Ongoing blogging

Technology’s value to the science classroom

I started to ponder the value of technology to teaching when I was a high school teacher in China. The biggest finding of technology to education is the alignment between these two significant components. Teaching pedagogy should be aligned with and supported by technology transformation. Technology is usually pioneered the development of science. But their reciprocal relationship impact development of two components. Science teaching is enabled to be more engaging, more vivid and more intensive through the technological tools of science. For example, Datahub enables scientific data collection easier and more accurate. Online simulation of static electricity facilitate students’ understanding of the charge of electricity through friction of different objects. With the simulation, the reason behind scientific phenomenon is delivered in an concise and lucid fashion.

Affordances and Limitations to inquiry-based learning

Technology brings affordance to teaching in many aspects.

As I discussed before, one significant affordance of technology to the inquiry-based pedagogy is its potential to make scientific concepts visual, which provided access to an easier understanding as Flick and Bell (2000) puts, “appropriate educational technologies have the potential to make scientific concepts more accessible through visualization, modeling, and multiple representations. ” (p. 45)

I recalled my experience of using the digital game: the metamorphosis of butterflies to present life cycle of butterflies to 1st graders and how they navigate the game and be able to explain their understanding of life cycles easily. Compared to present the static four photos of life phases that I experienced to students, the digital modeling is much more vivid and intuitive.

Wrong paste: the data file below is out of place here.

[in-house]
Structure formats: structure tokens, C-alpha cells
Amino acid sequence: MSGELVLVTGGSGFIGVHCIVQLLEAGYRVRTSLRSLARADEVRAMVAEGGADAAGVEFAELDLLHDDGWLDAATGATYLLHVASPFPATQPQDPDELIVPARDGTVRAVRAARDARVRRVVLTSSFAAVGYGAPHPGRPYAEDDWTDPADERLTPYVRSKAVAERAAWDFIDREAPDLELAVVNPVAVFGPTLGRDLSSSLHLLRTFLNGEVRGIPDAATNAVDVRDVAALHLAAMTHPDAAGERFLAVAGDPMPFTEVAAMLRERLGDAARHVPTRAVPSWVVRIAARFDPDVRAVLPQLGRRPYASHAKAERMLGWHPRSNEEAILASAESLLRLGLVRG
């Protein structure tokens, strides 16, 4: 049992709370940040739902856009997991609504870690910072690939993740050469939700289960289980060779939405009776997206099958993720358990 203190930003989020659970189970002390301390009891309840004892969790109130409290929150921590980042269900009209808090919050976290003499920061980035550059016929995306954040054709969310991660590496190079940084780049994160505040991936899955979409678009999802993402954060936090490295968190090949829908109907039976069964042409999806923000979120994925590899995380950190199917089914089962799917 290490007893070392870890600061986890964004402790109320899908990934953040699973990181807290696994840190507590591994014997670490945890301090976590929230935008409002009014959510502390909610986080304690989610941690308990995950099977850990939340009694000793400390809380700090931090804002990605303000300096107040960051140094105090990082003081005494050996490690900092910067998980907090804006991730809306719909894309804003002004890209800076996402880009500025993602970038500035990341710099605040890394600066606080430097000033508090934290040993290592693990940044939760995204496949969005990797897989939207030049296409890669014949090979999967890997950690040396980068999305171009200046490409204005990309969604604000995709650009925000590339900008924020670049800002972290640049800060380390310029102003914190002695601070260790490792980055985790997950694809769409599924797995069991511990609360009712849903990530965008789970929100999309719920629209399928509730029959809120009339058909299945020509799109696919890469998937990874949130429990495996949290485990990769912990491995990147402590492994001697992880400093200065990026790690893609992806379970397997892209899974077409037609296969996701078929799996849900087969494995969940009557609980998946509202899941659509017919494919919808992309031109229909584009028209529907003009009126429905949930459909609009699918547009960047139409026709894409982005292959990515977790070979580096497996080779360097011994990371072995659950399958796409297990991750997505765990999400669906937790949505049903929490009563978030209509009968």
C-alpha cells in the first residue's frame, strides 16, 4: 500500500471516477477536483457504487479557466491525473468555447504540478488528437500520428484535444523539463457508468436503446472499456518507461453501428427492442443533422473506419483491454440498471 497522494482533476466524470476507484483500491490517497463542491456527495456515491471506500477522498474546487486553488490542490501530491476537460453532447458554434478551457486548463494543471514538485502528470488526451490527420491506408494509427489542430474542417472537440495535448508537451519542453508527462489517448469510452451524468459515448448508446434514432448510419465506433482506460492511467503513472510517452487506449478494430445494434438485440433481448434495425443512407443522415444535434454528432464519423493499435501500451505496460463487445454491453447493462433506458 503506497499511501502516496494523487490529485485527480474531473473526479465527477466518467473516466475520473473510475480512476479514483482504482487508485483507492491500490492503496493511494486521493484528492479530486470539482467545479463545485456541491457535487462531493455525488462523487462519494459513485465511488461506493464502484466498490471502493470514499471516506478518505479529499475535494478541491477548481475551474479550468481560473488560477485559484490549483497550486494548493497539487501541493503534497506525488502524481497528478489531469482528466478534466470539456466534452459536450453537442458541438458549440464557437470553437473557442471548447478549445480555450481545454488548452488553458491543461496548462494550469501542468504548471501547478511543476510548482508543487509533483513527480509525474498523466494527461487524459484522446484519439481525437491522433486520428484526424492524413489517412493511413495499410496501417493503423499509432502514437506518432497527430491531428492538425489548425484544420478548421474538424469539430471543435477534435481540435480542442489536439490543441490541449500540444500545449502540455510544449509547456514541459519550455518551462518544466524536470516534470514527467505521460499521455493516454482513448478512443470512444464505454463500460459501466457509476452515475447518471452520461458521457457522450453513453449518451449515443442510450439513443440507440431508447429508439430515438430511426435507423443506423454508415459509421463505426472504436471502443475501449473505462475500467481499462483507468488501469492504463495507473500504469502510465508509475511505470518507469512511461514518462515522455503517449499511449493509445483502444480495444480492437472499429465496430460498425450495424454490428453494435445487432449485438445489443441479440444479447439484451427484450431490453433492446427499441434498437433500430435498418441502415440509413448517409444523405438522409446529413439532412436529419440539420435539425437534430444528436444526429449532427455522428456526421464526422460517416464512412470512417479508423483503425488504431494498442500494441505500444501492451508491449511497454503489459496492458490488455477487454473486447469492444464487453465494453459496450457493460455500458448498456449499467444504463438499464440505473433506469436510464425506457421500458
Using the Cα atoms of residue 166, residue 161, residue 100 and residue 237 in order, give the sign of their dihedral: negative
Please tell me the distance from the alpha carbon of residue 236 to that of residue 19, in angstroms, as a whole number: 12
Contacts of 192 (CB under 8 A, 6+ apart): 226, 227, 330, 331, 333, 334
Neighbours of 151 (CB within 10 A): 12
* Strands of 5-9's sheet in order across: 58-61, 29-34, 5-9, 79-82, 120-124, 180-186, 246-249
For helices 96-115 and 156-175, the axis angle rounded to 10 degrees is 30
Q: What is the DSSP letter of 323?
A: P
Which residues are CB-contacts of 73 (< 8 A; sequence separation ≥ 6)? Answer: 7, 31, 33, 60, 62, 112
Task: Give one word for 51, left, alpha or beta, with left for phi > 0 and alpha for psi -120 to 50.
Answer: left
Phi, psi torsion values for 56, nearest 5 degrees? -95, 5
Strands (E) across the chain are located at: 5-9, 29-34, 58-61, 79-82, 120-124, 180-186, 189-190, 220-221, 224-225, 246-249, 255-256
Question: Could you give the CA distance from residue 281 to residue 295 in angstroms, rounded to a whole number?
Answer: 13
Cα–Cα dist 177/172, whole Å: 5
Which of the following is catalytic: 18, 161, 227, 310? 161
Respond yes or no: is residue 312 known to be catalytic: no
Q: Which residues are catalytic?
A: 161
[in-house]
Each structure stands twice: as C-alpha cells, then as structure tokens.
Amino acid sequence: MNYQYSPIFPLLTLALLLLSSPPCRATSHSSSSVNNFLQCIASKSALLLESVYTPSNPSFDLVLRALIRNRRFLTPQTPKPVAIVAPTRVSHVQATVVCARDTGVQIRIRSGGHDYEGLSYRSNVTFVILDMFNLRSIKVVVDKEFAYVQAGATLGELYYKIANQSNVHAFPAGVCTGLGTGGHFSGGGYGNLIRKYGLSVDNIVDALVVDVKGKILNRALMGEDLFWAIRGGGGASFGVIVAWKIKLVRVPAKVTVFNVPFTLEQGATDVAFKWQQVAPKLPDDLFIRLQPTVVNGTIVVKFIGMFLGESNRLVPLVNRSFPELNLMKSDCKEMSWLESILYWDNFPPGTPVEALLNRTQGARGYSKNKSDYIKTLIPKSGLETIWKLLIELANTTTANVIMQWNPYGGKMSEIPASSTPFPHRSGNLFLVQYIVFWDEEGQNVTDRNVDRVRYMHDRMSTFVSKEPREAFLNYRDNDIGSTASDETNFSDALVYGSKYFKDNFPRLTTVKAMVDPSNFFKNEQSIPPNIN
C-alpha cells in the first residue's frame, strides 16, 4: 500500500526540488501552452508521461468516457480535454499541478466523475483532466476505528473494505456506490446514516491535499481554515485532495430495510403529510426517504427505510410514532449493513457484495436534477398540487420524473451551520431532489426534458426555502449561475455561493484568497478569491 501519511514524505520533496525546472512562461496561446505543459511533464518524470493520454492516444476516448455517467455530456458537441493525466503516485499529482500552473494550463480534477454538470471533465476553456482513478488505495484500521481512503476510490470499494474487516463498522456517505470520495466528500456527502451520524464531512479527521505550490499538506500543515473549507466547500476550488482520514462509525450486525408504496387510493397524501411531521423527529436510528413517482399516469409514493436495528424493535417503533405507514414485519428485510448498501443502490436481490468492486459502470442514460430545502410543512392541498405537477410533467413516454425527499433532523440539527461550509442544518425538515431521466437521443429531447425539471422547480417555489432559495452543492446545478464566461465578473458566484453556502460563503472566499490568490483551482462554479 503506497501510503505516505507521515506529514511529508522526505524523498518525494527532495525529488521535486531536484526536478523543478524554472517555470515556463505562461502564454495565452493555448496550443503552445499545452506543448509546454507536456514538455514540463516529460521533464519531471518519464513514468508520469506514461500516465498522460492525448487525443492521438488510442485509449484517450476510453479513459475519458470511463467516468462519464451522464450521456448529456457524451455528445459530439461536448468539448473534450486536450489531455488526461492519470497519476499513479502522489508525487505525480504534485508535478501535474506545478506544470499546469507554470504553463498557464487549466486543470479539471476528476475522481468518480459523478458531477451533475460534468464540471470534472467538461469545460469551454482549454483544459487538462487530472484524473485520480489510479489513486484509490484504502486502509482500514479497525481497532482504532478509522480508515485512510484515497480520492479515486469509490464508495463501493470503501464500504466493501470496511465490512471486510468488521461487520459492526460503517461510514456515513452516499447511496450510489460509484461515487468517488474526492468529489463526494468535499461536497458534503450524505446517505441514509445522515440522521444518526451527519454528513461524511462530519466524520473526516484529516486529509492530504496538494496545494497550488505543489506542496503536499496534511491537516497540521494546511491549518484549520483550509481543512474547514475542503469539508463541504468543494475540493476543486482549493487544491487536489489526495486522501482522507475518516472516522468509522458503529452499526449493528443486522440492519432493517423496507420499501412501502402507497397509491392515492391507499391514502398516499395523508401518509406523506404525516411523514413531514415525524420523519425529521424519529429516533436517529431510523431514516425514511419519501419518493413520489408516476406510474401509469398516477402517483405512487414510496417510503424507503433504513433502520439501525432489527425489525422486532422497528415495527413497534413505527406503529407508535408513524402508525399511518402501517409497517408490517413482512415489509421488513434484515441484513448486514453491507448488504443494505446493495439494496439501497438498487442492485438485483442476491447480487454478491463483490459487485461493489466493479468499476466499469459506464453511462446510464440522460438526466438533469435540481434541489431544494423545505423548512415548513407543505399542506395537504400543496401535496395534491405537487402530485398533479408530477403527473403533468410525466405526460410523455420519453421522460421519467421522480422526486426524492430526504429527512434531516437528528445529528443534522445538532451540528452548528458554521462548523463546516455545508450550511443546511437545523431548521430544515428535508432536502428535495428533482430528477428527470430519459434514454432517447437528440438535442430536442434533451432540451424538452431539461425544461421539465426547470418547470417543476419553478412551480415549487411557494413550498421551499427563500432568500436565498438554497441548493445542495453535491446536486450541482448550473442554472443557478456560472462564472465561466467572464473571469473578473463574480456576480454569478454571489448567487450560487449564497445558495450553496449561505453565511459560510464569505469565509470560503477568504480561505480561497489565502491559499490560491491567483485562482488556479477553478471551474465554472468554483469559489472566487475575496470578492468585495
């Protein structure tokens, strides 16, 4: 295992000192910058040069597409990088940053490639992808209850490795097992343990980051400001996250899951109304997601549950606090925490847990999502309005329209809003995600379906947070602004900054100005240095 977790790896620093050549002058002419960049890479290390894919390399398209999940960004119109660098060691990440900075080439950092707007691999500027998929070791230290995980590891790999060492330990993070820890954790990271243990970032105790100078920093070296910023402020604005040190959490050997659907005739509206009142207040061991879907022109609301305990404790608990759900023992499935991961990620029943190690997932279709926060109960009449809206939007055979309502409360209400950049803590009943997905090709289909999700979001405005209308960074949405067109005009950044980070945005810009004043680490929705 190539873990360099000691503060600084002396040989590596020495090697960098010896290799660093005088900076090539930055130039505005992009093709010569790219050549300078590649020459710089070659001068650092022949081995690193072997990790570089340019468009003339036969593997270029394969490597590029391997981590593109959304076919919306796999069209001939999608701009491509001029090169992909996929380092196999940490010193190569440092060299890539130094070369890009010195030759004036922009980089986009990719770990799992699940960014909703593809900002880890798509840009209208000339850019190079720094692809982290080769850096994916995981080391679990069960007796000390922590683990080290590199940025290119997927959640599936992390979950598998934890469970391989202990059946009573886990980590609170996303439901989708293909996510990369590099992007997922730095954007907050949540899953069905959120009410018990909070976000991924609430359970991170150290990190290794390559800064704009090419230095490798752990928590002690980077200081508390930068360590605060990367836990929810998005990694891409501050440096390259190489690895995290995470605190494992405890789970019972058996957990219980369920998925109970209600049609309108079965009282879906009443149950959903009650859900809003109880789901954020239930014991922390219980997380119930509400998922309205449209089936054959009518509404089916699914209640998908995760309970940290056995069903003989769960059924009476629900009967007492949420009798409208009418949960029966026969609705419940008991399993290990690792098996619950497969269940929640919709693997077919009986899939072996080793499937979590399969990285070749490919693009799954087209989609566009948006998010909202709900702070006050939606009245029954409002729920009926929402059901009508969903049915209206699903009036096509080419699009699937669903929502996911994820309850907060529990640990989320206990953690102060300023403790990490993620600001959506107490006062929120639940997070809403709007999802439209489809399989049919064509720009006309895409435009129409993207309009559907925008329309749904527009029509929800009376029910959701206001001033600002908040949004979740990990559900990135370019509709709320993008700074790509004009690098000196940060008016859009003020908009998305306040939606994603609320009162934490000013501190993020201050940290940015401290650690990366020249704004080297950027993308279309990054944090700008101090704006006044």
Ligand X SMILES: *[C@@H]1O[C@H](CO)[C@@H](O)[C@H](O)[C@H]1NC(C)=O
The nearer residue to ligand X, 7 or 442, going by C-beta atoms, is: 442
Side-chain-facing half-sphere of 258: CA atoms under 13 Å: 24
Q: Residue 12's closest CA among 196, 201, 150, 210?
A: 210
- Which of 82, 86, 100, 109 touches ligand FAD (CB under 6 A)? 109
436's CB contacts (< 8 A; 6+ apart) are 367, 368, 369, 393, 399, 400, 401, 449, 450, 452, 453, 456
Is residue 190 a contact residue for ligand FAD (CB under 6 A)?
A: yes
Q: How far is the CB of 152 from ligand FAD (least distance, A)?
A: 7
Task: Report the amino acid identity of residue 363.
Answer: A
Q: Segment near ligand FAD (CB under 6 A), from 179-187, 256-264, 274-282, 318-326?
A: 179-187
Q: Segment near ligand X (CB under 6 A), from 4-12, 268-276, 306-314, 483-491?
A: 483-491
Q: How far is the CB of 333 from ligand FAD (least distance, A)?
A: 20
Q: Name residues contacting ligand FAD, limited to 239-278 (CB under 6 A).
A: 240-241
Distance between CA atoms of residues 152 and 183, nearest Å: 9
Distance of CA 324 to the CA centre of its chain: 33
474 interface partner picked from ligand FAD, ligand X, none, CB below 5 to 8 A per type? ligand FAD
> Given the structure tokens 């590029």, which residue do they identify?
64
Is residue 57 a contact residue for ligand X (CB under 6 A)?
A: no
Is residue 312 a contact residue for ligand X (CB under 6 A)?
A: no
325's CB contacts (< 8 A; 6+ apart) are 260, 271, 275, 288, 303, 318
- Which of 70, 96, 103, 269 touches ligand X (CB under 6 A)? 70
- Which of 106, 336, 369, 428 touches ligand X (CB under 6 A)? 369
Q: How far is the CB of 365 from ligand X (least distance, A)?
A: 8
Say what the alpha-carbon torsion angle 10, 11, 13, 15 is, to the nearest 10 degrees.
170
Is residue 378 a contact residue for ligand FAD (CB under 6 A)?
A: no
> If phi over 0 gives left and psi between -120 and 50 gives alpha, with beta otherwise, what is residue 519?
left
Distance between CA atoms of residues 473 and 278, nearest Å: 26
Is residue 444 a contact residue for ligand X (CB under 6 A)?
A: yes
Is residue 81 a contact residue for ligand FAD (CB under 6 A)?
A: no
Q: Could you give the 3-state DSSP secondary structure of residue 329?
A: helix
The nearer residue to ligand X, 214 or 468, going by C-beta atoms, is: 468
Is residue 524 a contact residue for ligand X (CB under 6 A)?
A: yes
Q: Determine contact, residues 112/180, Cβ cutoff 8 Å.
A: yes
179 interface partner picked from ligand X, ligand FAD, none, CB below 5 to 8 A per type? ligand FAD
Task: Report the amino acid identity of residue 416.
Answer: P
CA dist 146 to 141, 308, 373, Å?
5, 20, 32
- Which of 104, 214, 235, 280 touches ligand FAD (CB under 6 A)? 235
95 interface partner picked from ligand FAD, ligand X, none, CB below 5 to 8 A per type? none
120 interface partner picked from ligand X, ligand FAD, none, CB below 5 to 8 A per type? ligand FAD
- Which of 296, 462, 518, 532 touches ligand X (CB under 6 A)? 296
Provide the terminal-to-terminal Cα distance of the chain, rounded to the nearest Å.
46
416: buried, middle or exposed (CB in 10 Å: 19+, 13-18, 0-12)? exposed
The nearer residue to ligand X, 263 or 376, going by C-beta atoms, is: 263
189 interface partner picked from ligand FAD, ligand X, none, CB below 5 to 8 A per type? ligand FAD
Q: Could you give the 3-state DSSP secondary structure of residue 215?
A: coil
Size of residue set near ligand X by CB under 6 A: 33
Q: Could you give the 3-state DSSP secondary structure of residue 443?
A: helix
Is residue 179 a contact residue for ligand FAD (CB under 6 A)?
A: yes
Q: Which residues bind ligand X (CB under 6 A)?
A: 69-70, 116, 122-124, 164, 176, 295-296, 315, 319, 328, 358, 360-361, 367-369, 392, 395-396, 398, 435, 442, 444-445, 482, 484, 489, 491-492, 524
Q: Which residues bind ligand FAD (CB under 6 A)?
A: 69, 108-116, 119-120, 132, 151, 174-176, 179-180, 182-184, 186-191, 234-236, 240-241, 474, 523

Secondly, technology changed how people learn. In the inquiry-based discourse, technology allowed students to generate their inquiry and search myriads of resources to investigate their inquiries. When learners manage information they have gathered, they move from passive “finding” to the more robust acquisition processes of selecting, organizing, and evaluating (McTighe & March, 2015). ”Instead of waiting teachers to give them answer, they are able to pre-research the answer through wikipedia or post the question to online communities such as Facebook to seek friends’ help. Online technology accelerate students’ organization and collection of information in a broad communities to serve for their scientific inquiries.

Technology also refines modeling and represent data in an accessible manner. During camp, my team used infographic software to represented the model, data and stories. In the inquiry-based learning visuals make connection to students and allow them to have much voice in representation themselves. Campers collaborate to present data by using Pictochart. These digital citizens navigated this tool skillfully and represented their investigation stories, data in an attractive and lucid manner.     Limitations: